Sleep apnea may be diagnosed by the evaluation of symptoms, risk factors and observation, (e.g., excessive daytime sleepiness and fatigue) but the gold standard for diagnosis is a formal sleep study (polysomnography, or sometimes a reduced-channels home-based test).
Sleep apnea, also spelled sleep apnoea, is a sleep disorder characterized by pauses in breathing or periods of shallow breathing during sleep. Each pause can last for a few seconds to a few minutes and they happen many times a night. In the most common form, this follows loud snoring.
Despite looking forward to the holiday season, many people emerge from the holidays feeling the effects on their physical and emotional well-being. Often, disrupted sleep is the culprit.
The end of the year--the holiday season--is a popular time for families to travel and visit relatives, or have grandparents and others visit to celebrate the holidays together. It is also a time when families' usual schedules are inevitably disrupted, and sleep schedules frequently suffer as well, for both children and their parents. Kids of all ages, from infants to adolescents, are likely to experience sleep difficulties in the six weeks or so between Thanksgiving and the first week in January.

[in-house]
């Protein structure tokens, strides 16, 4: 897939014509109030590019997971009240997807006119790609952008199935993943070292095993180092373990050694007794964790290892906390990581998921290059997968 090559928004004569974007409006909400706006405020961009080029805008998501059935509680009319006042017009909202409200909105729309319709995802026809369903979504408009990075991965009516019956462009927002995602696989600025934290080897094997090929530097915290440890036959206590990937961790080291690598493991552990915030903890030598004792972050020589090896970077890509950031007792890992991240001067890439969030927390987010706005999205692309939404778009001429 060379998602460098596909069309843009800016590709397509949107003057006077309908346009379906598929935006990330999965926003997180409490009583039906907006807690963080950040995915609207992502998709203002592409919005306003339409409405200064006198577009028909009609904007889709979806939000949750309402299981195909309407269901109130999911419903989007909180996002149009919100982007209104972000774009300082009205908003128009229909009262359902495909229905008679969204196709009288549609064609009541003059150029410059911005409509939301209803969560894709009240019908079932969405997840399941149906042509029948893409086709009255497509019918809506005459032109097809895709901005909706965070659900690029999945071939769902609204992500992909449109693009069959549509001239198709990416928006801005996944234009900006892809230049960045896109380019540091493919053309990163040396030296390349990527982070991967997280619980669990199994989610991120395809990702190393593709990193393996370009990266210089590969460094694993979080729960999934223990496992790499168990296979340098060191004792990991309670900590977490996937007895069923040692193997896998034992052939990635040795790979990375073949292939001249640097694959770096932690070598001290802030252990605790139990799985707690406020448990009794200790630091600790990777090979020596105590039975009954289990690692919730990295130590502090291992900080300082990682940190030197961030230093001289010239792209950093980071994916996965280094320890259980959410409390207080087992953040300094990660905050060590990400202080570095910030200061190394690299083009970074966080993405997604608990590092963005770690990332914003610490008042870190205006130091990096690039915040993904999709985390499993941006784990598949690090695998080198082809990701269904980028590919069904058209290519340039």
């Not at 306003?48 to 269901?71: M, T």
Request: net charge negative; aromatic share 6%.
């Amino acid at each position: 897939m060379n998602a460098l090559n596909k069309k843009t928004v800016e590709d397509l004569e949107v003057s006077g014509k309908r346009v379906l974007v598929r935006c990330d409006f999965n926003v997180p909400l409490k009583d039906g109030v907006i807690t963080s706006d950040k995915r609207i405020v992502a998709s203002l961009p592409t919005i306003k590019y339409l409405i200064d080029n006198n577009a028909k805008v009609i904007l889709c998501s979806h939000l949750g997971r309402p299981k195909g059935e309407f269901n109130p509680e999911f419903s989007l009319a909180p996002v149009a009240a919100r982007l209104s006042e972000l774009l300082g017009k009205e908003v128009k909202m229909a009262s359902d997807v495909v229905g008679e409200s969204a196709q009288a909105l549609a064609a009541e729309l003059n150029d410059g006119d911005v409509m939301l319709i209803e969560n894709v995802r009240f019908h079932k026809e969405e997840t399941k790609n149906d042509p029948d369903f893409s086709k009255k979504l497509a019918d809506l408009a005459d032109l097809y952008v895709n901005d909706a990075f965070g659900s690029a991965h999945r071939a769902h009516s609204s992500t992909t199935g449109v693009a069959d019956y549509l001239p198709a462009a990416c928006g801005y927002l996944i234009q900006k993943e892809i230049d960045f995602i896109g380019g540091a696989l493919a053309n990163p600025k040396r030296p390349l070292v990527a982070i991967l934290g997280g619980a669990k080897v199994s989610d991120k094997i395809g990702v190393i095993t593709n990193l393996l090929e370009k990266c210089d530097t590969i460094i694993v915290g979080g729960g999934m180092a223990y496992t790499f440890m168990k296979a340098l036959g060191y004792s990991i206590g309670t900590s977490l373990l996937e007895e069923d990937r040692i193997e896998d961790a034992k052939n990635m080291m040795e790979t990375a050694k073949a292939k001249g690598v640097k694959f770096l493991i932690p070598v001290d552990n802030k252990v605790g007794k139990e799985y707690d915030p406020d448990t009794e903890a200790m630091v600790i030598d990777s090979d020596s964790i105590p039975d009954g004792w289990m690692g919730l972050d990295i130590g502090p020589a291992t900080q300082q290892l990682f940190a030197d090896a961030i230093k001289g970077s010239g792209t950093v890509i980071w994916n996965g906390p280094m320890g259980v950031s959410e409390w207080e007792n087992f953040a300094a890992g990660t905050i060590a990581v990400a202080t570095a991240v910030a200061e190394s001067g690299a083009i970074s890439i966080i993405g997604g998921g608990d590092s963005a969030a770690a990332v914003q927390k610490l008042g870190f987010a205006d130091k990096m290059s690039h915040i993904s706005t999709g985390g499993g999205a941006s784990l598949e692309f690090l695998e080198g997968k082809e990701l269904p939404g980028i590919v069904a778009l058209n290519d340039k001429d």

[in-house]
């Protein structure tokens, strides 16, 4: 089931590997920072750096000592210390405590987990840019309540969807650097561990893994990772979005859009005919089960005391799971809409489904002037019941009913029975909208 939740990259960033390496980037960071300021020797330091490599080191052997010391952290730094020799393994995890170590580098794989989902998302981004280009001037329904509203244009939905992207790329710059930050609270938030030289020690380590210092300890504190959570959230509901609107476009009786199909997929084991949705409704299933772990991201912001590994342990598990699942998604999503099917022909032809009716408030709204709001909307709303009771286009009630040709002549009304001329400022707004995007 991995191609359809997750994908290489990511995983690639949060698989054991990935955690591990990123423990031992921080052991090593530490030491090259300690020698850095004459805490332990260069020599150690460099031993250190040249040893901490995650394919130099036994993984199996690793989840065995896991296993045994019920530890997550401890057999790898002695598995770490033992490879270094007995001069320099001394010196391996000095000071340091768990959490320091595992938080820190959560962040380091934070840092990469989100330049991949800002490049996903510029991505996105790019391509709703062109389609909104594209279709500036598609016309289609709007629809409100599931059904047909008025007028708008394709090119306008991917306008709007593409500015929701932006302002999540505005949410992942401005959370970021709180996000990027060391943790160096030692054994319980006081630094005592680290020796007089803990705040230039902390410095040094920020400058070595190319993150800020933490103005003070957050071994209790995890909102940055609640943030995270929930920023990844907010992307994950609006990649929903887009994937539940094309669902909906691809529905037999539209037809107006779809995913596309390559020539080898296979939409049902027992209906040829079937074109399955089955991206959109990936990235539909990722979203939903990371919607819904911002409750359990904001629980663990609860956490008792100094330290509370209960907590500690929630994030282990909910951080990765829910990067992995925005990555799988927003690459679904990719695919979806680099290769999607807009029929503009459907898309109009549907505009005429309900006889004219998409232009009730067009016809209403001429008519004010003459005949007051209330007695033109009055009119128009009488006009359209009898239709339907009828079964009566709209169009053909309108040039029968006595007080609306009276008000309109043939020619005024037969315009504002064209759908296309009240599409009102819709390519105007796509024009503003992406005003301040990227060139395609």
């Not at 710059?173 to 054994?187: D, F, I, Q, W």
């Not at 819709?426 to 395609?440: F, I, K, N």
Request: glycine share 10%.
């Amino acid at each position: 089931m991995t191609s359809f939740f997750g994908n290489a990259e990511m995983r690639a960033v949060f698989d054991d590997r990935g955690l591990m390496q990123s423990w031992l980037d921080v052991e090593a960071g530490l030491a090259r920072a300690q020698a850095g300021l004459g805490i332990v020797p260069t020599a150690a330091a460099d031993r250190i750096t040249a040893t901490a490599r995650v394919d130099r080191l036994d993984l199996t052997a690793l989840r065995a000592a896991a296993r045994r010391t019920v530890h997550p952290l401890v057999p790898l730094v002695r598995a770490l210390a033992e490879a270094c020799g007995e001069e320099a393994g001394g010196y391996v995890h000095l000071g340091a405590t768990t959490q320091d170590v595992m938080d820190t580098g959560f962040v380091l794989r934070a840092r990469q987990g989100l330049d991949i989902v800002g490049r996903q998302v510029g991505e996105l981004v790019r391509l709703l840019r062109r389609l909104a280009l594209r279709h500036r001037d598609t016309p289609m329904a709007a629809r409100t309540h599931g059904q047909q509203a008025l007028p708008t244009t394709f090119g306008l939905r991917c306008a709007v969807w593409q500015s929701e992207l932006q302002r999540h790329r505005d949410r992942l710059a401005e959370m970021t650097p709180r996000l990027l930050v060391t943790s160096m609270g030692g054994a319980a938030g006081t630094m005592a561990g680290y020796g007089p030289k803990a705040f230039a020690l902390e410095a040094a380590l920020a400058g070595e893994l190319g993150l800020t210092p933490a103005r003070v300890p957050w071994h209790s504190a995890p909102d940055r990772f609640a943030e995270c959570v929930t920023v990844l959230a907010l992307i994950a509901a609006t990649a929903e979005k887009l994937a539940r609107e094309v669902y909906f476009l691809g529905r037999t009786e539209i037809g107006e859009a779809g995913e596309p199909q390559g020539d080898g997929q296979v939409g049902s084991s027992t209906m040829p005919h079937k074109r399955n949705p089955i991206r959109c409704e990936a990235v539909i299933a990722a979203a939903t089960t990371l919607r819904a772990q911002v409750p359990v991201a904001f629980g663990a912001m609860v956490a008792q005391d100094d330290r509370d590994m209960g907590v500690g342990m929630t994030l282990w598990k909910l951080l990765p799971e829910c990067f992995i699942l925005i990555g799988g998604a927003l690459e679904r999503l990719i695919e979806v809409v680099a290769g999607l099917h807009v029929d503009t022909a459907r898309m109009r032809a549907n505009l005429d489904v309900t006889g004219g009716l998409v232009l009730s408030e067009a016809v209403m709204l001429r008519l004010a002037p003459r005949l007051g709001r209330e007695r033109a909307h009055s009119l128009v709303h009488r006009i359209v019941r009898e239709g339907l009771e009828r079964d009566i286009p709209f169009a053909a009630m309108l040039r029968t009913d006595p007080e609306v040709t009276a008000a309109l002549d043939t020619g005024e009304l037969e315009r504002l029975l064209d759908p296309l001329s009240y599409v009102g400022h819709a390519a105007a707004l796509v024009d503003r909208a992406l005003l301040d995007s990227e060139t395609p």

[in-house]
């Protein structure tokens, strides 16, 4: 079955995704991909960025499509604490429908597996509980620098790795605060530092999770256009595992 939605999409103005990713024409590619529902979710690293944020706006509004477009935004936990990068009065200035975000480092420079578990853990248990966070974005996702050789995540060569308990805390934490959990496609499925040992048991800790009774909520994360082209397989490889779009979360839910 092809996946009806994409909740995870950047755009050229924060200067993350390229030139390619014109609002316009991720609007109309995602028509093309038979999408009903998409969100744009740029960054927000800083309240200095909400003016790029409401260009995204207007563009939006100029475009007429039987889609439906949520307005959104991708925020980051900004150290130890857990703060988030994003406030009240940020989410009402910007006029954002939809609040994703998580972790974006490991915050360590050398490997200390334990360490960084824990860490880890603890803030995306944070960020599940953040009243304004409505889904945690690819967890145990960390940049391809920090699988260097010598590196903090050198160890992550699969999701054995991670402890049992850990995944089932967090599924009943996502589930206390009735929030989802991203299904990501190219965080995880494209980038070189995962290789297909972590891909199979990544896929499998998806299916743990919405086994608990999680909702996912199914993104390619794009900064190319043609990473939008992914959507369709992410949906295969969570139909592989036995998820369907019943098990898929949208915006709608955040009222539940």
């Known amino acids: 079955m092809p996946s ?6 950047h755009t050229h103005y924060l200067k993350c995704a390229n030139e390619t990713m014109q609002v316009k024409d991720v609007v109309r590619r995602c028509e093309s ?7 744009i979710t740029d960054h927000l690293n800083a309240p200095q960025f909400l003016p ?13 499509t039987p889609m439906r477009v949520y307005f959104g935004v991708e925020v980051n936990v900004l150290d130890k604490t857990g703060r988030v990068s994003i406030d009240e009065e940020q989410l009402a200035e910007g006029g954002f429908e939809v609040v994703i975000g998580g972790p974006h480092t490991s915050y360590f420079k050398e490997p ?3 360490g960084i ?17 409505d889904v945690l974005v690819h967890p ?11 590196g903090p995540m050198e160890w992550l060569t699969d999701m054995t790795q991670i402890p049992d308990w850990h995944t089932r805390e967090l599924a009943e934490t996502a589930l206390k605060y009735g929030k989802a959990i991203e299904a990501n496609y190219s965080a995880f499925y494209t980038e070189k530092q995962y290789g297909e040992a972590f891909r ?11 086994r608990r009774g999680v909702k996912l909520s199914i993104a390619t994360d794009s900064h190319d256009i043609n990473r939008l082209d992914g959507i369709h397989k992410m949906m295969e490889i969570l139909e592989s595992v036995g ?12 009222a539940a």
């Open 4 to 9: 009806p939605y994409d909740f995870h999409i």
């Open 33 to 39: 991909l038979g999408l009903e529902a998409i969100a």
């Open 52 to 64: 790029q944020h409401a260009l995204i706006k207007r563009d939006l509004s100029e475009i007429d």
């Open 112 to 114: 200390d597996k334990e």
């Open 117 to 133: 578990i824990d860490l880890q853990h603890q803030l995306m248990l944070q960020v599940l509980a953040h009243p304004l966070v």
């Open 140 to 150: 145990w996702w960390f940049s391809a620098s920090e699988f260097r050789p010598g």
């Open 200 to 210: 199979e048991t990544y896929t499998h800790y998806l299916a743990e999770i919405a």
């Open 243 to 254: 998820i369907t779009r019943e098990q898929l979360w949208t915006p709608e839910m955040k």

The day after Thanksgiving isn't a day of rest for everybody. Some people need to go back to work on Friday. Some sign up to run turkey trot 10Ks or marathons. Others dedicate their day off to volunteering by helping the less fortunate at soup kitchens. But for many Americans, that jump on the long weekend means shopping: waking up early and getting out of the house for Black Friday sales.
Some shoppers, famously, get in line on Thursday night and camp outside stores so they can get a jump on the competition when the doors open. Some stores open as early as midnight to accommodate eager customers fueled by the excitement of getting good deals before inventory runs out.